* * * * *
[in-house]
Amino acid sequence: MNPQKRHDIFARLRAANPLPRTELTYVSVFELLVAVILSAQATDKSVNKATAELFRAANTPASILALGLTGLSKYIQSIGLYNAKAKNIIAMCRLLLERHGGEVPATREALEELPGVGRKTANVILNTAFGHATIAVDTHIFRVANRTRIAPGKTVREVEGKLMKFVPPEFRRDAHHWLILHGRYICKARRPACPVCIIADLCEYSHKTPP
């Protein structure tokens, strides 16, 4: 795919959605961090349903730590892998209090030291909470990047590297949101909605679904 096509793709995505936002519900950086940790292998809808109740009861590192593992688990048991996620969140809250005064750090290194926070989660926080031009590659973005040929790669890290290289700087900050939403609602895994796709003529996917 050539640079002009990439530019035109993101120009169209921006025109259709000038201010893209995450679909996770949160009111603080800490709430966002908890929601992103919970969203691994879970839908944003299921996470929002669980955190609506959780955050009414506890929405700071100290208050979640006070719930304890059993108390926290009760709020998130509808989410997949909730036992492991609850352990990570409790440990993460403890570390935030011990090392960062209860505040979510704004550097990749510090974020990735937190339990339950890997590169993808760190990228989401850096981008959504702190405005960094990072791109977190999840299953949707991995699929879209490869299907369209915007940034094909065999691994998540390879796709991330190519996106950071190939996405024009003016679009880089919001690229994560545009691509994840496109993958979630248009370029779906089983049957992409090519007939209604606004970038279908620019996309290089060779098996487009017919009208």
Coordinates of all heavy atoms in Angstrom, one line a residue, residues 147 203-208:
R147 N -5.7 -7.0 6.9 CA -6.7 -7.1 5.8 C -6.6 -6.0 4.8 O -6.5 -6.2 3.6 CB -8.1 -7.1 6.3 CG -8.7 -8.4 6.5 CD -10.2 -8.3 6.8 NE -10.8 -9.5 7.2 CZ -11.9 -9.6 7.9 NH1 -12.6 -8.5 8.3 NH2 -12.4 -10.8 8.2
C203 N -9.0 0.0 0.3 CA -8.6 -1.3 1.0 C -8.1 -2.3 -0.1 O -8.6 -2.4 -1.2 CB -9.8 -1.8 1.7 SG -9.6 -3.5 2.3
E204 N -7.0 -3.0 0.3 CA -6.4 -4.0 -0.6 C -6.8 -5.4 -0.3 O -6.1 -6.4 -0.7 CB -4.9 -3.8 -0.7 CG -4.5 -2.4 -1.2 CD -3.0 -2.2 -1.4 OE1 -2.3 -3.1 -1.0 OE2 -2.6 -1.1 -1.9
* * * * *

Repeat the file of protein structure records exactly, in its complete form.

[in-house]
Amino acid sequence: MNPQKRHDIFARLRAANPLPRTELTYVSVFELLVAVILSAQATDKSVNKATAELFRAANTPASILALGLTGLSKYIQSIGLYNAKAKNIIAMCRLLLERHGGEVPATREALEELPGVGRKTANVILNTAFGHATIAVDTHIFRVANRTRIAPGKTVREVEGKLMKFVPPEFRRDAHHWLILHGRYICKARRPACPVCIIADLCEYSHKTPP
């Protein structure tokens, strides 16, 4: 795919959605961090349903730590892998209090030291909470990047590297949101909605679904 096509793709995505936002519900950086940790292998809808109740009861590192593992688990048991996620969140809250005064750090290194926070989660926080031009590659973005040929790669890290290289700087900050939403609602895994796709003529996917 050539640079002009990439530019035109993101120009169209921006025109259709000038201010893209995450679909996770949160009111603080800490709430966002908890929601992103919970969203691994879970839908944003299921996470929002669980955190609506959780955050009414506890929405700071100290208050979640006070719930304890059993108390926290009760709020998130509808989410997949909730036992492991609850352990990570409790440990993460403890570390935030011990090392960062209860505040979510704004550097990749510090974020990735937190339990339950890997590169993808760190990228989401850096981008959504702190405005960094990072791109977190999840299953949707991995699929879209490869299907369209915007940034094909065999691994998540390879796709991330190519996106950071190939996405024009003016679009880089919001690229994560545009691509994840496109993958979630248009370029779906089983049957992409090519007939209604606004970038279908620019996309290089060779098996487009017919009208």
Coordinates of all heavy atoms in Angstrom, one line a residue, residues 147 203-208:
R147 N -5.7 -7.0 6.9 CA -6.7 -7.1 5.8 C -6.6 -6.0 4.8 O -6.5 -6.2 3.6 CB -8.1 -7.1 6.3 CG -8.7 -8.4 6.5 CD -10.2 -8.3 6.8 NE -10.8 -9.5 7.2 CZ -11.9 -9.6 7.9 NH1 -12.6 -8.5 8.3 NH2 -12.4 -10.8 8.2
C203 N -9.0 0.0 0.3 CA -8.6 -1.3 1.0 C -8.1 -2.3 -0.1 O -8.6 -2.4 -1.2 CB -9.8 -1.8 1.7 SG -9.6 -3.5 2.3
E204 N -7.0 -3.0 0.3 CA -6.4 -4.0 -0.6 C -6.8 -5.4 -0.3 O -6.1 -6.4 -0.7 CB -4.9 -3.8 -0.7 CG -4.5 -2.4 -1.2 CD -3.0 -2.2 -1.4 OE1 -2.3 -3.1 -1.0 OE2 -2.6 -1.1 -1.9